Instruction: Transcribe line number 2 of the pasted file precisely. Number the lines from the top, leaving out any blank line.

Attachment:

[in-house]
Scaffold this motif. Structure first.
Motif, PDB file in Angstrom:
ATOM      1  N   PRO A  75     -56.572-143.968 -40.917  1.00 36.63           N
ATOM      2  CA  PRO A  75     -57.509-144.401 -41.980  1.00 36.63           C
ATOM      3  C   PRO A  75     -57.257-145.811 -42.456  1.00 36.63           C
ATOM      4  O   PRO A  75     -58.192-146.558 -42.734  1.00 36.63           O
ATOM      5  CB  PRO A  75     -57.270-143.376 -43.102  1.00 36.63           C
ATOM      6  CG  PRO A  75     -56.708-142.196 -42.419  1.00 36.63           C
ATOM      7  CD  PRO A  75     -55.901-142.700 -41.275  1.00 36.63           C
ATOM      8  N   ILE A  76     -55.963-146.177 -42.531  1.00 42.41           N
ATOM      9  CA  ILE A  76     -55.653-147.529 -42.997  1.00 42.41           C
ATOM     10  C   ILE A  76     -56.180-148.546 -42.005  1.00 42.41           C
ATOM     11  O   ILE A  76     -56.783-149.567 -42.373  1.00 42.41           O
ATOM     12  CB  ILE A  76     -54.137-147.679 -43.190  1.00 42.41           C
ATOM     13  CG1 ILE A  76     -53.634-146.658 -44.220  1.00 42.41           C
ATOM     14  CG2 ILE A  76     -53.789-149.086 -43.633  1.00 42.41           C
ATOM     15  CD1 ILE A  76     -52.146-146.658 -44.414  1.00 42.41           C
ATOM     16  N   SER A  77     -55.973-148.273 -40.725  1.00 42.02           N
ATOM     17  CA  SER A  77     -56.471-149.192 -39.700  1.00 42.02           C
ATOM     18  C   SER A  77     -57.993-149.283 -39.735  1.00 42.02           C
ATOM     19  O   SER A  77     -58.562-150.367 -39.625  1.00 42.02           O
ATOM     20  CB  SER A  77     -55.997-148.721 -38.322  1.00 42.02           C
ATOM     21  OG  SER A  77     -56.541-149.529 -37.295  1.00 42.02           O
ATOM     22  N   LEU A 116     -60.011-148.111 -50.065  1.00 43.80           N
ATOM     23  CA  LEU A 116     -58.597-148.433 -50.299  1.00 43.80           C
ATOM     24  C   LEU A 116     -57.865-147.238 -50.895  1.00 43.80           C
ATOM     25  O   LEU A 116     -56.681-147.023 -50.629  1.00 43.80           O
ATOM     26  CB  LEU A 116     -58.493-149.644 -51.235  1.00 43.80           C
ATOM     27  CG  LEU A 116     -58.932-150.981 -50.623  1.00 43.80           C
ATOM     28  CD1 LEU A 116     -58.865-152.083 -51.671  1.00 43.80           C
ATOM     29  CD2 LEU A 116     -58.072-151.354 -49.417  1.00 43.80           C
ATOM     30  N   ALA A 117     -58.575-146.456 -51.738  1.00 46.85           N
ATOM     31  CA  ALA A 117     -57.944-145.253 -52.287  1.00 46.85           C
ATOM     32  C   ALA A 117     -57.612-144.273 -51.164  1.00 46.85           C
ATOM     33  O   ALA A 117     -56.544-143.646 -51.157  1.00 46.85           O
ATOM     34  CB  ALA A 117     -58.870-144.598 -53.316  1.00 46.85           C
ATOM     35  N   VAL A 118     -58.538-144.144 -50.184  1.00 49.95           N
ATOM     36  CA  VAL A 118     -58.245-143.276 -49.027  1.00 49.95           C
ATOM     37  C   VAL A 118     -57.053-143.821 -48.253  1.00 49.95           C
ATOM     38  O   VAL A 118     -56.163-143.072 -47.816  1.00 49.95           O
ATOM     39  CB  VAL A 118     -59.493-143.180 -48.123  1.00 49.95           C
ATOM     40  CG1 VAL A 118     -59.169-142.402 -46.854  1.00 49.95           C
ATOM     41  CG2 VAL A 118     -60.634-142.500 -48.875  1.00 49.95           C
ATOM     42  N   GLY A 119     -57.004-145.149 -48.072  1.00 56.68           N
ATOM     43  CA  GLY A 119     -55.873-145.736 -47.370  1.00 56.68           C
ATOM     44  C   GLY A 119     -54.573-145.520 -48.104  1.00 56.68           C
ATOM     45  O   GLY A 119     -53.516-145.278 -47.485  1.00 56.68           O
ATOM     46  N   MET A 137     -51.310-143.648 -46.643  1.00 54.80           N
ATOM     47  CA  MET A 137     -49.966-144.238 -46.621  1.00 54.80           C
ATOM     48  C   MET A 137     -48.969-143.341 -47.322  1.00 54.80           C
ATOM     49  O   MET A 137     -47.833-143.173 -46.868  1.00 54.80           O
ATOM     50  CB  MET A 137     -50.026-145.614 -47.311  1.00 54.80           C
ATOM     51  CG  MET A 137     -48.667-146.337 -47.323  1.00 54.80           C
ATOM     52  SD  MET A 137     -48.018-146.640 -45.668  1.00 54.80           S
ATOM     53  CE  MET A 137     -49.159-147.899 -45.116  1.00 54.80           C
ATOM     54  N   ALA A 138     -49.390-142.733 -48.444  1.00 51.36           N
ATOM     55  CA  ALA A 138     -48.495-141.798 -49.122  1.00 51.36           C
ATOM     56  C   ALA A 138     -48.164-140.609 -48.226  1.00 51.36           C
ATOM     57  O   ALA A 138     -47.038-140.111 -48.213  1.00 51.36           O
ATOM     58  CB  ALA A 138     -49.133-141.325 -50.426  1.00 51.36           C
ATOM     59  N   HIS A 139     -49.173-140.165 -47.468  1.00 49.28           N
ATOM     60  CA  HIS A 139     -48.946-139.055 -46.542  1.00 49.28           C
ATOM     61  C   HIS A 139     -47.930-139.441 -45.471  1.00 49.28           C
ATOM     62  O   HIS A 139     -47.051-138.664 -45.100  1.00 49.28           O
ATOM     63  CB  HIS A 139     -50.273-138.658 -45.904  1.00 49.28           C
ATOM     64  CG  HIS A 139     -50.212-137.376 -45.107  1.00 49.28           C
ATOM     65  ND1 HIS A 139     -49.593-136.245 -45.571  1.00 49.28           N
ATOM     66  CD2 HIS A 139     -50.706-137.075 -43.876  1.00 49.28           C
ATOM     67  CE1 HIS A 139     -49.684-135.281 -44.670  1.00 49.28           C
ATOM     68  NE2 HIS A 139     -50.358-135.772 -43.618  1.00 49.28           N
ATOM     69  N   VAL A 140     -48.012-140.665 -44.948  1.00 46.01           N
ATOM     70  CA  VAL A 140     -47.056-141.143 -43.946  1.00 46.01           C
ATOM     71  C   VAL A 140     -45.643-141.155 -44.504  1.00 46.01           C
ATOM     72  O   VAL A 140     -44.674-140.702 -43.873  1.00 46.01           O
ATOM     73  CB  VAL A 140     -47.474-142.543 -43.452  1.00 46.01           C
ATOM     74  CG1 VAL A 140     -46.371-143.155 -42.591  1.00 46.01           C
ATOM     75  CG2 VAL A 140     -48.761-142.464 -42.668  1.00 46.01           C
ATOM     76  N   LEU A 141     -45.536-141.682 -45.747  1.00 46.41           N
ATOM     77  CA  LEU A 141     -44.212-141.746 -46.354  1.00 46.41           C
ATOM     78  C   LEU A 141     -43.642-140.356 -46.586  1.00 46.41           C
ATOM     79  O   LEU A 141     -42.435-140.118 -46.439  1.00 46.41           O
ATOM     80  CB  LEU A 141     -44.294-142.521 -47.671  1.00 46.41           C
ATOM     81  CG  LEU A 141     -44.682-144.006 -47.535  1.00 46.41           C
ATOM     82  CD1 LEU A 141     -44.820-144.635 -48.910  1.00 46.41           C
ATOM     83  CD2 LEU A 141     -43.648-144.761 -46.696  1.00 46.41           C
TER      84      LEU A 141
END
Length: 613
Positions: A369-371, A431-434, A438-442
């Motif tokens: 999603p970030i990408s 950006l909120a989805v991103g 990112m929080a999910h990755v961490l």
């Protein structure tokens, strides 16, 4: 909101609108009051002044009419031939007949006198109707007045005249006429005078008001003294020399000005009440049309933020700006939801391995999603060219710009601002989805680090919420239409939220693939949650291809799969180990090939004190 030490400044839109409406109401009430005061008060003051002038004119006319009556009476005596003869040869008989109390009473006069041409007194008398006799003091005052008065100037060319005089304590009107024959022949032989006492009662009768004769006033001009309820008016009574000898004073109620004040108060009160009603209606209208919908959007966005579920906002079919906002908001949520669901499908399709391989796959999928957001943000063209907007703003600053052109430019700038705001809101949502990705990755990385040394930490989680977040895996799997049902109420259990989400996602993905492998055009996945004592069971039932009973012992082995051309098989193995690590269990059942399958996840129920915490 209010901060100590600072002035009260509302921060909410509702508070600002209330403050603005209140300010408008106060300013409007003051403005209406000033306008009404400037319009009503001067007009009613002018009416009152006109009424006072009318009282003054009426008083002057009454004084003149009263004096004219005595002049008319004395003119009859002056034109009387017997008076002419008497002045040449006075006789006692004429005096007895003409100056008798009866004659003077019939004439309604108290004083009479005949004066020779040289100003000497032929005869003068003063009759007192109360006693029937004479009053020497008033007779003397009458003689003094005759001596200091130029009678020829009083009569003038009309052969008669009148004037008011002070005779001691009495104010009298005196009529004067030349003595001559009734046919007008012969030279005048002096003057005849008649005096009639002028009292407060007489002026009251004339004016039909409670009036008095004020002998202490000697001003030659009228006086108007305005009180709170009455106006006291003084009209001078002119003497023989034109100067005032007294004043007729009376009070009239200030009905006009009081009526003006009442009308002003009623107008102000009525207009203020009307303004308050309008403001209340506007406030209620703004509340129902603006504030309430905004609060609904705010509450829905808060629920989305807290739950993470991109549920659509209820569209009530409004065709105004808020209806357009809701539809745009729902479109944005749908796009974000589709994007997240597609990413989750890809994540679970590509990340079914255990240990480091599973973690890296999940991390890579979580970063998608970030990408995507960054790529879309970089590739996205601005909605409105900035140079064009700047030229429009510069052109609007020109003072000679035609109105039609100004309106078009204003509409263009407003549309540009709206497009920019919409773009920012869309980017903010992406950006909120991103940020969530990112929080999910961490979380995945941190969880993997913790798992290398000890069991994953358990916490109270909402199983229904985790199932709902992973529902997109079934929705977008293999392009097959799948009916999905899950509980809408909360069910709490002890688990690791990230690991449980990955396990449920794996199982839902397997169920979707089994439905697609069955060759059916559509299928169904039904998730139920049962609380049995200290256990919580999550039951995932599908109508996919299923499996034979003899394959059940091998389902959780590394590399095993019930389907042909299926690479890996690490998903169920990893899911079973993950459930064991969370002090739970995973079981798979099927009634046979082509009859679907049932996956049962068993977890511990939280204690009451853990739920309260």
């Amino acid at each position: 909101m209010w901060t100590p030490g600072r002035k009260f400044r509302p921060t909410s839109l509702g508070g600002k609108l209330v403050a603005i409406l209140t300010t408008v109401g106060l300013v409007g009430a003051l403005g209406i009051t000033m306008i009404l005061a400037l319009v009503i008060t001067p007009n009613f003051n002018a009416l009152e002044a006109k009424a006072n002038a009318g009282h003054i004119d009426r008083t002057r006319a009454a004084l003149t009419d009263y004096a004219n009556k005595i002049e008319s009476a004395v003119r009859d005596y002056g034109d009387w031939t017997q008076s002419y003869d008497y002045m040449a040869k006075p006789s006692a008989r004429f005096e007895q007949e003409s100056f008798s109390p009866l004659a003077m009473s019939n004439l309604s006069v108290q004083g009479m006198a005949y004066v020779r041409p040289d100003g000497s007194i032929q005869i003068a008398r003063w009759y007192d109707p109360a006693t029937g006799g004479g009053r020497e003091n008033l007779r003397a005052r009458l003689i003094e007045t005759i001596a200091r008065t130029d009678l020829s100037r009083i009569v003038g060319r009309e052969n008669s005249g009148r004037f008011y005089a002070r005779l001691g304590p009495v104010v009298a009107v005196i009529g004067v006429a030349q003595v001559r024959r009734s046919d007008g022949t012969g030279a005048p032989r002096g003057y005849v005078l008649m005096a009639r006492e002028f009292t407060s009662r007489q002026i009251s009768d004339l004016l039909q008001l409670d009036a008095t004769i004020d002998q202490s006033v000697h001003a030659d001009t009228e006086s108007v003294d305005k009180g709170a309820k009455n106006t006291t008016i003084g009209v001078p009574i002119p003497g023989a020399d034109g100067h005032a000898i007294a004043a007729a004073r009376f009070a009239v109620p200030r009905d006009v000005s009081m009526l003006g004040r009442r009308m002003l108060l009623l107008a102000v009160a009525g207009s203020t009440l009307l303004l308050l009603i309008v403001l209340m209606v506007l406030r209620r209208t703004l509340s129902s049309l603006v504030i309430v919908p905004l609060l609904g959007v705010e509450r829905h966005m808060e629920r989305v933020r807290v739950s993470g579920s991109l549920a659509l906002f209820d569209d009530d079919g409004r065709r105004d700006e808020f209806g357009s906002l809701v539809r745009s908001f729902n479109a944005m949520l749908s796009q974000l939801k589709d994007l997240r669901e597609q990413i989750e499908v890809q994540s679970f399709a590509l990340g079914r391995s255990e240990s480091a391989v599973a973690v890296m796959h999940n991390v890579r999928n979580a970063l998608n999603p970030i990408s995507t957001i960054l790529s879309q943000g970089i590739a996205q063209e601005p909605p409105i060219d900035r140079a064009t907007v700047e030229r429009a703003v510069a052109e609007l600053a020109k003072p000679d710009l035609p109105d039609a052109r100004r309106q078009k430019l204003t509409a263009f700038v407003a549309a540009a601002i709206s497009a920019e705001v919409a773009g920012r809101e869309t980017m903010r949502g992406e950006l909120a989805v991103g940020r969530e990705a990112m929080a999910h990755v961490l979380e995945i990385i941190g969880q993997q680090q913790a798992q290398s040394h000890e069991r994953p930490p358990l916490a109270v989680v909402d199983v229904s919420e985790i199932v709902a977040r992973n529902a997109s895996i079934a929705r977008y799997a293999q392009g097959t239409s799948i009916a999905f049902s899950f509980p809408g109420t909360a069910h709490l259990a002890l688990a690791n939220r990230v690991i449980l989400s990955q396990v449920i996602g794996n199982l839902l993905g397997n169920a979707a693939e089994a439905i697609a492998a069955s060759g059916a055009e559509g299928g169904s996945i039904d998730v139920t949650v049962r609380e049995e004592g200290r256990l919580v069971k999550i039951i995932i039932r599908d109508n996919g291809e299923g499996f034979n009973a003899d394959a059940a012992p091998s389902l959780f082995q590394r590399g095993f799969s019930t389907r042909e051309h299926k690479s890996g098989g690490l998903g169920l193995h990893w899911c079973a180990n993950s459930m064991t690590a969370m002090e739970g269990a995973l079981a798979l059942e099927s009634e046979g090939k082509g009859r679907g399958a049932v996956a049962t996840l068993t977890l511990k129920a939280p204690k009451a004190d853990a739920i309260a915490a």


Scaffold this motif. Structure first.